On Thu, Apr 04, 2019 at 02:45:23PM +0200, Balint Reczey wrote:
> > This is short-sighted, and greatly influenced by the voices of language-specific
> > upstream communities. As seen at several occasions at PyCon: Ask an upstream
> > community, which Linux distribution they use (majority of hands go up for
> > Ubuntu), and then how many of those use the system Python (majority of hands go
> > down). Please ask this Python question to an upstream Java, upstream Ruby
> > community, and I assume that nobody cares and uses the Python as distributed by
> > Ubuntu. Ask the Java and Python communities the same question about Ruby, and
> > these are probably happy with the Ruby found on Ubuntu. Now remove the Ruby,
> > Python and Java stacks, and probably nobody will be happy anymore.
> This is very true and this is the raison d'être for distributions.
> There is also a benefit of having the long tail packages in each
> language stack that was not mentioned.
> How would you test the ruby interpreter without the wast amount of
> gems in the archive? With build-time or hand-made tests?
> No. The autopkgtest infrastructure that continuously sweeps through
> the packages in the archive catches the regressions that could have
> been easily introduced to the archive, but without reverse
> dependencies of the ruby interpreter no tests would be triggered and
> we would ship an interpreter that would break our users' systems in
> million ways.
The critical limitation here is that an autopkgtest failure by itself only
tells you "these two package versions when used together cause the test to
fail". It takes effort to answer the subsequent questions:
- Is this a valid test, or is it based on wrong assumptions?
- Is this a regression in the interpreter, or a deliberate change in the
- Is the package whose test is failing something that we should fix, or is
it dead upstream and we should remove it?
These questions take even more effort to answer for ruby than for other
languages, because the Ubuntu developers doing this investigation don't
actually speak ruby.
So no, I don't think the long tail of autopkgtests on ruby modules improves
the quality of the intepreter, in proportion to the effort spent on
analyzing the autopkgtest failures.
> Even if big parts of the language stack's are somewhat outdated they
> were tested together and provide a stable base for building systems on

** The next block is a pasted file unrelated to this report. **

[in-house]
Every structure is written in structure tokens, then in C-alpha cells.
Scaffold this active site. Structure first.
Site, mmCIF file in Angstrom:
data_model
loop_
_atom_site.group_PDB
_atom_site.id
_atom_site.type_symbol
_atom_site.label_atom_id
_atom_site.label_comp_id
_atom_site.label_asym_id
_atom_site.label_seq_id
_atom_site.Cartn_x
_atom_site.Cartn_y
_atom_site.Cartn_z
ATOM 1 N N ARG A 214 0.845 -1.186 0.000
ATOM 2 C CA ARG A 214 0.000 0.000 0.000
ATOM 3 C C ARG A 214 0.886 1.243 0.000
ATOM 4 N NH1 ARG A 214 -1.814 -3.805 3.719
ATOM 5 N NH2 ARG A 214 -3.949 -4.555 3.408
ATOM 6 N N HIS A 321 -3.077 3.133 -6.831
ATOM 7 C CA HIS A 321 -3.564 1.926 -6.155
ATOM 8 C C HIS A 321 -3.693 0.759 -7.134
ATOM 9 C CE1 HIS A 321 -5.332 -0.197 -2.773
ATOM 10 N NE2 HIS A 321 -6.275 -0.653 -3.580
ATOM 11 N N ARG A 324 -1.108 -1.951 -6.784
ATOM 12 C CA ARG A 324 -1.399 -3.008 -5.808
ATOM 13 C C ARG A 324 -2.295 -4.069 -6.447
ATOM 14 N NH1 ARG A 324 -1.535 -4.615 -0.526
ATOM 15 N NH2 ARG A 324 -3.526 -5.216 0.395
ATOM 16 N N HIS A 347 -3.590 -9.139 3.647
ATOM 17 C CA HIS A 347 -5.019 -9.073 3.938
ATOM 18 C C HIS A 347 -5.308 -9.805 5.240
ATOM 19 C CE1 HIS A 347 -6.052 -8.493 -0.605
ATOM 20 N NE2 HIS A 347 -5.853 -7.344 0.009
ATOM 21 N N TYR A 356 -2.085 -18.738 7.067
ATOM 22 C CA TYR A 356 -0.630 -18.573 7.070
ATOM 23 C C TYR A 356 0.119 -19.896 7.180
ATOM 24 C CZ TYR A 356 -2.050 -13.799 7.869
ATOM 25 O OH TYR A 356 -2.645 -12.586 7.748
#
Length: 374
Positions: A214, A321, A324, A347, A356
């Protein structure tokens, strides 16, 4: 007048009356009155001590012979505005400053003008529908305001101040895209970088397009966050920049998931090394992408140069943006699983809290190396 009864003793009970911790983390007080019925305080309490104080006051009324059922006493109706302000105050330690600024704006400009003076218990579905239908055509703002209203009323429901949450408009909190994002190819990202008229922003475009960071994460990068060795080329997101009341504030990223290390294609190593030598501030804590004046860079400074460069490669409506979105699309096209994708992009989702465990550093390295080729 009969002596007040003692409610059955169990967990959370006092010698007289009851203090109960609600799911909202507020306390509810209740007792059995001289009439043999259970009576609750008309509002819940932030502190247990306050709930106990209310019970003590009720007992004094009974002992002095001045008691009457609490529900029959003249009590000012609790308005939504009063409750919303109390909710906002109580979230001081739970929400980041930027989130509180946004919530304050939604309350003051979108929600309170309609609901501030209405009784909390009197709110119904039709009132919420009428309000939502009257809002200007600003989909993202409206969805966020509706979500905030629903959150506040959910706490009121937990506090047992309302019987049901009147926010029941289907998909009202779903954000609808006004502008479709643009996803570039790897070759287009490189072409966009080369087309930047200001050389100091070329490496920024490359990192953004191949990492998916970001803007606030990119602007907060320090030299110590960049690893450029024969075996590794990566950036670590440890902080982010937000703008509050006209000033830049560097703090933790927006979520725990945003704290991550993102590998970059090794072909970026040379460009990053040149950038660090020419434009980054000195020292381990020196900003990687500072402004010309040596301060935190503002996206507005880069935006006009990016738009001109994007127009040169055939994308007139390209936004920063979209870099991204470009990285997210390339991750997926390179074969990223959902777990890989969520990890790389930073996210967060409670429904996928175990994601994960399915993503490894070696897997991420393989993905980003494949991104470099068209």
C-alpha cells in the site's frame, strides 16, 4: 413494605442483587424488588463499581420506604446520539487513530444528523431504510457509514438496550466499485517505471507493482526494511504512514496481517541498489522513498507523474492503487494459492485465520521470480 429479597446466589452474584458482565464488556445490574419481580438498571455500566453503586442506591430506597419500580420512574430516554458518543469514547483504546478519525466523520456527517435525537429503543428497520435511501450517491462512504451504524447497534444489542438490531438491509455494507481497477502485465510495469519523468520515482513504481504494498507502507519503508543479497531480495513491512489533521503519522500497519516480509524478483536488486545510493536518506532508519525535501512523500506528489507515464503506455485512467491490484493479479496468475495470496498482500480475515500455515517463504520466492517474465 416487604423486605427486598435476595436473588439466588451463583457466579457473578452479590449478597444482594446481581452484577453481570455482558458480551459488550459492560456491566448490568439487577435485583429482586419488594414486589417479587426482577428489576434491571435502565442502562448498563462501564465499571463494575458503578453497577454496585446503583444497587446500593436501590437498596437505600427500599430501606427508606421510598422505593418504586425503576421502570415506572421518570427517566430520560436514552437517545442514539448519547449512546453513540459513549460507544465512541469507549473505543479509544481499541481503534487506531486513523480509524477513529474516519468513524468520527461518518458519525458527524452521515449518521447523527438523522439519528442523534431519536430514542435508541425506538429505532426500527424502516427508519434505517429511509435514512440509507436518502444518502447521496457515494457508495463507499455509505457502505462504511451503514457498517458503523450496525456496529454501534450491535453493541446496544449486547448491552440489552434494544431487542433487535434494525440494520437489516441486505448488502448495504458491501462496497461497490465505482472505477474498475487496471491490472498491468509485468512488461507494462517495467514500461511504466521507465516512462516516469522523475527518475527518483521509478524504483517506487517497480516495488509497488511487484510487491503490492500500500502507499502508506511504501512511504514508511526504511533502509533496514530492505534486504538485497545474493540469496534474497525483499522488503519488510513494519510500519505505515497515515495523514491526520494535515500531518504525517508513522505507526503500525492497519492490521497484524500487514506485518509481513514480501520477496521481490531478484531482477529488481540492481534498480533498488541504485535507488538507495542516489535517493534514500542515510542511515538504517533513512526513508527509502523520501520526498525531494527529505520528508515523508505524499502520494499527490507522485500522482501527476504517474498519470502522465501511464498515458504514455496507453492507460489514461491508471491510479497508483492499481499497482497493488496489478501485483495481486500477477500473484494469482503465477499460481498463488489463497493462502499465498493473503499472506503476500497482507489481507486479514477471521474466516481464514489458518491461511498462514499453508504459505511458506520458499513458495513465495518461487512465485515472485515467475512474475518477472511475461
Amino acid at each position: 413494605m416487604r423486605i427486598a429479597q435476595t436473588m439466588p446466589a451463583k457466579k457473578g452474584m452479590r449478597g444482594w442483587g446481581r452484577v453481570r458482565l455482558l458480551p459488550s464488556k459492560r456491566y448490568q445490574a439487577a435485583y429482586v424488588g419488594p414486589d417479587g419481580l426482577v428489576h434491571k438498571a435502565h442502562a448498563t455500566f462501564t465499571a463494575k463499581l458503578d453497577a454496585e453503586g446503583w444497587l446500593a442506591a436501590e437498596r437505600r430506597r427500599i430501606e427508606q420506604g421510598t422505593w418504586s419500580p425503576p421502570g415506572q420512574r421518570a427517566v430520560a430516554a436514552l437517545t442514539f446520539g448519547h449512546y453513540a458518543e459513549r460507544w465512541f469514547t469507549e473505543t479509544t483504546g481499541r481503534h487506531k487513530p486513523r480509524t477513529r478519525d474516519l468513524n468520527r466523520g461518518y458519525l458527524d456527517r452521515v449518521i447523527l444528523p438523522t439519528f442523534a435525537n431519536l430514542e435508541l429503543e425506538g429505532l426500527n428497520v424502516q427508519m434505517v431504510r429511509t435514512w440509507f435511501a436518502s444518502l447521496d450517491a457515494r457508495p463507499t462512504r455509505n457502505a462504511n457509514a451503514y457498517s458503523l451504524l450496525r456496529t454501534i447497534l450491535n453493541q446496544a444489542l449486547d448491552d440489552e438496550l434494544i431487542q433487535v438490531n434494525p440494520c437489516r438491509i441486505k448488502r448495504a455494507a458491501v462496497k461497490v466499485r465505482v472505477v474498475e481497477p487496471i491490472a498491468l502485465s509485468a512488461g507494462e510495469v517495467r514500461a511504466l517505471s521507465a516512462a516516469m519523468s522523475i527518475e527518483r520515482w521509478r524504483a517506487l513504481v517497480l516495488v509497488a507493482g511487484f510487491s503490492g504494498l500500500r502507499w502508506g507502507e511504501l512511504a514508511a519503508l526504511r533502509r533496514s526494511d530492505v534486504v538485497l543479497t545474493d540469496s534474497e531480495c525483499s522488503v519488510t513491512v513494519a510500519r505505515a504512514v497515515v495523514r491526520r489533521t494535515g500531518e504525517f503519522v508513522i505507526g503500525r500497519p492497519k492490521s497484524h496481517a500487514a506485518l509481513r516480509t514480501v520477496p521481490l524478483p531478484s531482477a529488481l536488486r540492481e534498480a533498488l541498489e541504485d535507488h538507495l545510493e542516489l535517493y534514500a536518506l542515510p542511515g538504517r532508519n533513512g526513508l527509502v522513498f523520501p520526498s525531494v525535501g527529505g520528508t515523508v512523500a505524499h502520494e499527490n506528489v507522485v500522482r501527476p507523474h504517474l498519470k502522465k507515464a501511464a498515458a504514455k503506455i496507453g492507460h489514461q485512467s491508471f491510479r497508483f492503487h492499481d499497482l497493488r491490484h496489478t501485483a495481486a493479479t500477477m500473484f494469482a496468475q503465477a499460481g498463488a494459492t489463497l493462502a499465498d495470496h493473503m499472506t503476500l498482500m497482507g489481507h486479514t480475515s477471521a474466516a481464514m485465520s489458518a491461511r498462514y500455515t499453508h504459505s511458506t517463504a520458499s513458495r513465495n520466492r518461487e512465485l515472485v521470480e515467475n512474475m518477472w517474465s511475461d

> and we should not just slash those big parts as a policy, only drop
> the pieces which somehow got into the release pocket, but don't let
> more important packages in due to failing autopkgtests or broken
We don't really have a lightweight way of deciding that one package is "more
important" than another, either.
> Regarding rails I agree with dropping it from Disco, but this is more
> of a call for help to get it in again in Disco+1 if there is a strong
> community around it rather than discouraging people from maintaining
> language stacks in Ubuntu or Debian.
Agreed! The intention here is absolutely not to say that rails can't be
part of Ubuntu, but to say that rails in its present state is not a net
benefit to our users.
> > Pointing to the upstream language-specific repositories is problematic. These
> > are usually only well maintained for x86_64, maybe some have support for ARM32,
> > but many don't have support for newer architectures like arm64, ppc64el and
> > s390x, or have dropped support (like for ix86). Didn't Ubuntu promise to
> > support new architectures the same way we support x86_64?
> > Even x86_64 specific upstream repositories can be problematic. Some
> > architecture specific Python manylinux wheels have subtle issues because they
> > are built on an old CentOS release, and you see issues in the Launchpad tracker
> > which wrongly attribute issues in these third party wheels to packages found in
> > Ubuntu. Well, manylinux should have been called somelinux or even centos...
> > > So I agree with the general principle that we should be willing to remove
> > > such language-specific stacks from the archive if they are not being
> > > maintained (which, with my AA hat on, means: remove from devel and
> > > devel-proposed and add to the sync blacklist).
> > >
> > > I also agree for the specific case of rails that it should be removed from
> > > Ubuntu releases going forward, unless something changes; and I believe that
> > > we should put this into effect immediately for the Ubuntu 19.04 release,
> > > despite the nearness of the release date.
> > >
> > > Provided that there are no objections here, I will plan to start removing
> > > this stack from disco and disco-proposed on Friday, April 5.
> > I disagree with this approach. There are at least two packages with failing
> > autopkg tests which were removed in Debian. So why are those not removed in
> > Ubuntu as well? I think we should fix our ubuntu-archive tasks first, and see
> > what kind of actions we are missing, and only then decide if those packages
> > should be removed or not.
> > With your AA hat on, why are those removals not handled before proposing the
> > removal of every dependency?
> > > (These removals are reversible right up until the day before release, so I
> > > don't see much point in a long comment period. If objections are raised
> > > after Friday, we can still revisit.)
> > >
> > > Here's a list of rails packages that look like immediate candidates for
> > > removal based on this hackish script:
> > >
> > [...]
> > > debci
> > Is this a commitment of the ubuntu-release team to maintain the stack needed for
> > the autopkg tests outside the archive?
> > Please don't get me wrong, I'm not a user of the rails stack, however I think we
> > should get our internal processes fixed first.
> > Matthias
Steve Langasek Give me a lever long enough and a Free OS
Debian Developer to set it on, and I can move the world.
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